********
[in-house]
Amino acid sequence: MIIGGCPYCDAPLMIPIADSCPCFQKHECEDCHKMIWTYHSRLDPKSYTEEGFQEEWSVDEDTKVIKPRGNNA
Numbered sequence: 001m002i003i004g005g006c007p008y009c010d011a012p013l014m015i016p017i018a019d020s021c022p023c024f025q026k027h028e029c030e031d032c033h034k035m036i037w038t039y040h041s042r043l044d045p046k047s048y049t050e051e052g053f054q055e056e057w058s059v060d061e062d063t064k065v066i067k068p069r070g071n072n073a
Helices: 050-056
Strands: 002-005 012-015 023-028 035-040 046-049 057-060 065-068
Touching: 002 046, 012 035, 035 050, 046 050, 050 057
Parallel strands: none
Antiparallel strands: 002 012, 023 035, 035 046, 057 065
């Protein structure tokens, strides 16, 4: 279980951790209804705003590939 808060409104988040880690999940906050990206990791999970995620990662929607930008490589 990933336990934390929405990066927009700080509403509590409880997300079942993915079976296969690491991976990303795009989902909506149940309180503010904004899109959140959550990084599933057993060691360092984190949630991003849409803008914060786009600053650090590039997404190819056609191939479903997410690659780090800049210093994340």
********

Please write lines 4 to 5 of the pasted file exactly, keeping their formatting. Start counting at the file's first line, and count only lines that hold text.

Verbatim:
Helices: 050-056
Strands: 002-005 012-015 023-028 035-040 046-049 057-060 065-068